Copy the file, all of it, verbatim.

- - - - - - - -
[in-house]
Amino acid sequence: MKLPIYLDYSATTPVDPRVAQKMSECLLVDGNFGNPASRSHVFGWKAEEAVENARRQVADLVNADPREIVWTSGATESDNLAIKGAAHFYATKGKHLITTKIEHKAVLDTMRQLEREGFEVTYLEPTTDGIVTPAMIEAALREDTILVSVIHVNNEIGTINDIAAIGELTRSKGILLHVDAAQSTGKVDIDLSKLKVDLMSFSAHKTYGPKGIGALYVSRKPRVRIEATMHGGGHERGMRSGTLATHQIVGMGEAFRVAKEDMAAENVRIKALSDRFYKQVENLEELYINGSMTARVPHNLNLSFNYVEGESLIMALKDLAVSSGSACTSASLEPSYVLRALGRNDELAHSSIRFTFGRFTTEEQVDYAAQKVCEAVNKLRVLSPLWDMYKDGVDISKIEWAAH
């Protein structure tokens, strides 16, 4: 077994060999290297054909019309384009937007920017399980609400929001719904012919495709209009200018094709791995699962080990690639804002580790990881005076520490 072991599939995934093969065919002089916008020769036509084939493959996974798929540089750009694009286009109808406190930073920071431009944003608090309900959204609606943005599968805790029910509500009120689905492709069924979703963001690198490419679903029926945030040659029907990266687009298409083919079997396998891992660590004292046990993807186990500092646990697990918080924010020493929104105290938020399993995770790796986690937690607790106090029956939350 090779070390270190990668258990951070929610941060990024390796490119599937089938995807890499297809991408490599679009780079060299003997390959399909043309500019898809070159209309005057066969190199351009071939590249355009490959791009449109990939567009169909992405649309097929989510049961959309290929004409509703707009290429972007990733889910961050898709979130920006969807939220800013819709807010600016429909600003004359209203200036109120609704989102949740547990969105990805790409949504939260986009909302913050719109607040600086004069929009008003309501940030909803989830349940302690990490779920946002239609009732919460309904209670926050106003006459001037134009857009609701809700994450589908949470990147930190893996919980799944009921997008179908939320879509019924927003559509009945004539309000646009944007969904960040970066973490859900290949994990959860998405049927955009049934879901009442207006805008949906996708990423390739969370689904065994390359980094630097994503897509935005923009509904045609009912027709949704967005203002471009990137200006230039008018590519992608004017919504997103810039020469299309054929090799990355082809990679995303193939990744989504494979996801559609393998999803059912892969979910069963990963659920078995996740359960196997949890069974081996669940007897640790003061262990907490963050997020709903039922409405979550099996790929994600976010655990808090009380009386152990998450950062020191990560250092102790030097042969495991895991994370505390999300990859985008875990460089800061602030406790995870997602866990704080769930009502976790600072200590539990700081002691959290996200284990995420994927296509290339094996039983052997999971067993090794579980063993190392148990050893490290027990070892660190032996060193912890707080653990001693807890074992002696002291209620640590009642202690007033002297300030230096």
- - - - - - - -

[in-house]
Amino acid sequence: MKLPIYLDYSATTPVDPRVAQKMSECLLVDGNFGNPASRSHVFGWKAEEAVENARRQVADLVNADPREIVWTSGATESDNLAIKGAAHFYATKGKHLITTKIEHKAVLDTMRQLEREGFEVTYLEPTTDGIVTPAMIEAALREDTILVSVIHVNNEIGTINDIAAIGELTRSKGILLHVDAAQSTGKVDIDLSKLKVDLMSFSAHKTYGPKGIGALYVSRKPRVRIEATMHGGGHERGMRSGTLATHQIVGMGEAFRVAKEDMAAENVRIKALSDRFYKQVENLEELYINGSMTARVPHNLNLSFNYVEGESLIMALKDLAVSSGSACTSASLEPSYVLRALGRNDELAHSSIRFTFGRFTTEEQVDYAAQKVCEAVNKLRVLSPLWDMYKDGVDISKIEWAAH
């Protein structure tokens, strides 16, 4: 077994060999290297054909019309384009937007920017399980609400929001719904012919495709209009200018094709791995699962080990690639804002580790990881005076520490 072991599939995934093969065919002089916008020769036509084939493959996974798929540089750009694009286009109808406190930073920071431009944003608090309900959204609606943005599968805790029910509500009120689905492709069924979703963001690198490419679903029926945030040659029907990266687009298409083919079997396998891992660590004292046990993807186990500092646990697990918080924010020493929104105290938020399993995770790796986690937690607790106090029956939350 090779070390270190990668258990951070929610941060990024390796490119599937089938995807890499297809991408490599679009780079060299003997390959399909043309500019898809070159209309005057066969190199351009071939590249355009490959791009449109990939567009169909992405649309097929989510049961959309290929004409509703707009290429972007990733889910961050898709979130920006969807939220800013819709807010600016429909600003004359209203200036109120609704989102949740547990969105990805790409949504939260986009909302913050719109607040600086004069929009008003309501940030909803989830349940302690990490779920946002239609009732919460309904209670926050106003006459001037134009857009609701809700994450589908949470990147930190893996919980799944009921997008179908939320879509019924927003559509009945004539309000646009944007969904960040970066973490859900290949994990959860998405049927955009049934879901009442207006805008949906996708990423390739969370689904065994390359980094630097994503897509935005923009509904045609009912027709949704967005203002471009990137200006230039008018590519992608004017919504997103810039020469299309054929090799990355082809990679995303193939990744989504494979996801559609393998999803059912892969979910069963990963659920078995996740359960196997949890069974081996669940007897640790003061262990907490963050997020709903039922409405979550099996790929994600976010655990808090009380009386152990998450950062020191990560250092102790030097042969495991895991994370505390999300990859985008875990460089800061602030406790995870997602866990704080769930009502976790600072200590539990700081002691959290996200284990995420994927296509290339094996039983052997999971067993090794579980063993190392148990050893490290027990070892660190032996060193912890707080653990001693807890074992002696002291209620640590009642202690007033002297300030230096």